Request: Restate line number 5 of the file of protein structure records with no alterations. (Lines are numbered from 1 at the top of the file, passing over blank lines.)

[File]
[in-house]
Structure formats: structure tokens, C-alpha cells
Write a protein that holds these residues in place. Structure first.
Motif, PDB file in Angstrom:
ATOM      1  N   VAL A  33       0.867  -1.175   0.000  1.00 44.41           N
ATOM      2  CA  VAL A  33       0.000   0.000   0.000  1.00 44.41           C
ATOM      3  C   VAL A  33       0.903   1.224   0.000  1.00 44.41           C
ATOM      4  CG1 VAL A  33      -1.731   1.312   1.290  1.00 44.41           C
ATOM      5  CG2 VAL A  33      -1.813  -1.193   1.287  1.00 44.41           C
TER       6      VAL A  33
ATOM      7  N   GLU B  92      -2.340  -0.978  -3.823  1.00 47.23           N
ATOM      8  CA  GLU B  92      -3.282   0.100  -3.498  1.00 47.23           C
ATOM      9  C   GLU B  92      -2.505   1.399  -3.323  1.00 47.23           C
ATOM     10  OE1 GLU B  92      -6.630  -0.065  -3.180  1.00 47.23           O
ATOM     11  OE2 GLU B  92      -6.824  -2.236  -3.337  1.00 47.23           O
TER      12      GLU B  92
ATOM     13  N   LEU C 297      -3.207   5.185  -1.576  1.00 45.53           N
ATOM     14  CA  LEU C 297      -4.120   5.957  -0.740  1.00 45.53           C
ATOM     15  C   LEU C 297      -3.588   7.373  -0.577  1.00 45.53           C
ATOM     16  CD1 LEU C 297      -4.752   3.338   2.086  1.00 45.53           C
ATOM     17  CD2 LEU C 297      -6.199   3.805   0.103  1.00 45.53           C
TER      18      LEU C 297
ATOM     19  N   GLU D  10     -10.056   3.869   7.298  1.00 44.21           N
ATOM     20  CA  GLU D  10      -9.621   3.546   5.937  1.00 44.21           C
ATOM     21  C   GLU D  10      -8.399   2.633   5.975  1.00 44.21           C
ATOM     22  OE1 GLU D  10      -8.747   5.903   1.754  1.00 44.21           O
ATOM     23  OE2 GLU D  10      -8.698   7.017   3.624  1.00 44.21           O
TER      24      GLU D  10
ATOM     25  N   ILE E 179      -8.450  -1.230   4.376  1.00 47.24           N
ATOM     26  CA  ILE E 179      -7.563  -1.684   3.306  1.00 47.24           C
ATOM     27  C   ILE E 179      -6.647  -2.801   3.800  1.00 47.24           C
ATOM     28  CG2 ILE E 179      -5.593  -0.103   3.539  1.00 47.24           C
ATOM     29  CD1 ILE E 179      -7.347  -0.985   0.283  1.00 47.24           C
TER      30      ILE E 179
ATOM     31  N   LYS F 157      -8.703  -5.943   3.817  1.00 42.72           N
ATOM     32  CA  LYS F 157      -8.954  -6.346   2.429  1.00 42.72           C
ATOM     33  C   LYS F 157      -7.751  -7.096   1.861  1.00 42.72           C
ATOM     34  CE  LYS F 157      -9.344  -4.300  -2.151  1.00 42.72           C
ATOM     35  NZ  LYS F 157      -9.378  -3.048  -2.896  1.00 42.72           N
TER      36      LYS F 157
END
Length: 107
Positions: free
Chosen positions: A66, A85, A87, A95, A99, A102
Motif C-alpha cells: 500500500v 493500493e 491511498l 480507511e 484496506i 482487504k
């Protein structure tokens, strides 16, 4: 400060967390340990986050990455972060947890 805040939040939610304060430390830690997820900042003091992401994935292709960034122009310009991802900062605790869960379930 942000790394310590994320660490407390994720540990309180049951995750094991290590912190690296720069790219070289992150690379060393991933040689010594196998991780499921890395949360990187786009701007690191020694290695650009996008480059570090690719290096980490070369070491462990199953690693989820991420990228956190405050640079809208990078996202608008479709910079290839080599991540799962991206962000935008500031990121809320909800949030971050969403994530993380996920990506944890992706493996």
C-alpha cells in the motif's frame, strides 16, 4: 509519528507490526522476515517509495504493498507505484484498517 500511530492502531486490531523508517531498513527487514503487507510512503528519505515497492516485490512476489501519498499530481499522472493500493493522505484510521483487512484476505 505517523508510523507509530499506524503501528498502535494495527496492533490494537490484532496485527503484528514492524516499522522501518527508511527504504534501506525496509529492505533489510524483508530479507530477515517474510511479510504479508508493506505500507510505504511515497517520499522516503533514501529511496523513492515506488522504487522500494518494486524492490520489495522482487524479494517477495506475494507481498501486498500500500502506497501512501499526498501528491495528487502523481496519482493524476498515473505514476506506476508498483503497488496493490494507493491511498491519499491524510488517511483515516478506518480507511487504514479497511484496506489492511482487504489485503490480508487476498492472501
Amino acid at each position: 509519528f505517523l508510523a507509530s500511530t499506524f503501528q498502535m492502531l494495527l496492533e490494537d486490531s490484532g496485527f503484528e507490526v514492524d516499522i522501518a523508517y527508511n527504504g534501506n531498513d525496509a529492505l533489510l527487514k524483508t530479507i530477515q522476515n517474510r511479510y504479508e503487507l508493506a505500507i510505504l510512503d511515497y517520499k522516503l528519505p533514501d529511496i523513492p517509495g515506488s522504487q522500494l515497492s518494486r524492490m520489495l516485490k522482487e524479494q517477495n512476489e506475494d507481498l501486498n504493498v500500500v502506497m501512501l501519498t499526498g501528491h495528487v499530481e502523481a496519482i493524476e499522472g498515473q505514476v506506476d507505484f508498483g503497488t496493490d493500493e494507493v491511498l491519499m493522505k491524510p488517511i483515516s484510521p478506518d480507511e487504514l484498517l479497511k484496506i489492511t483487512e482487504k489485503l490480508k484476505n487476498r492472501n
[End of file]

ATOM      1  N   VAL A  33       0.867  -1.175   0.000  1.00 44.41           N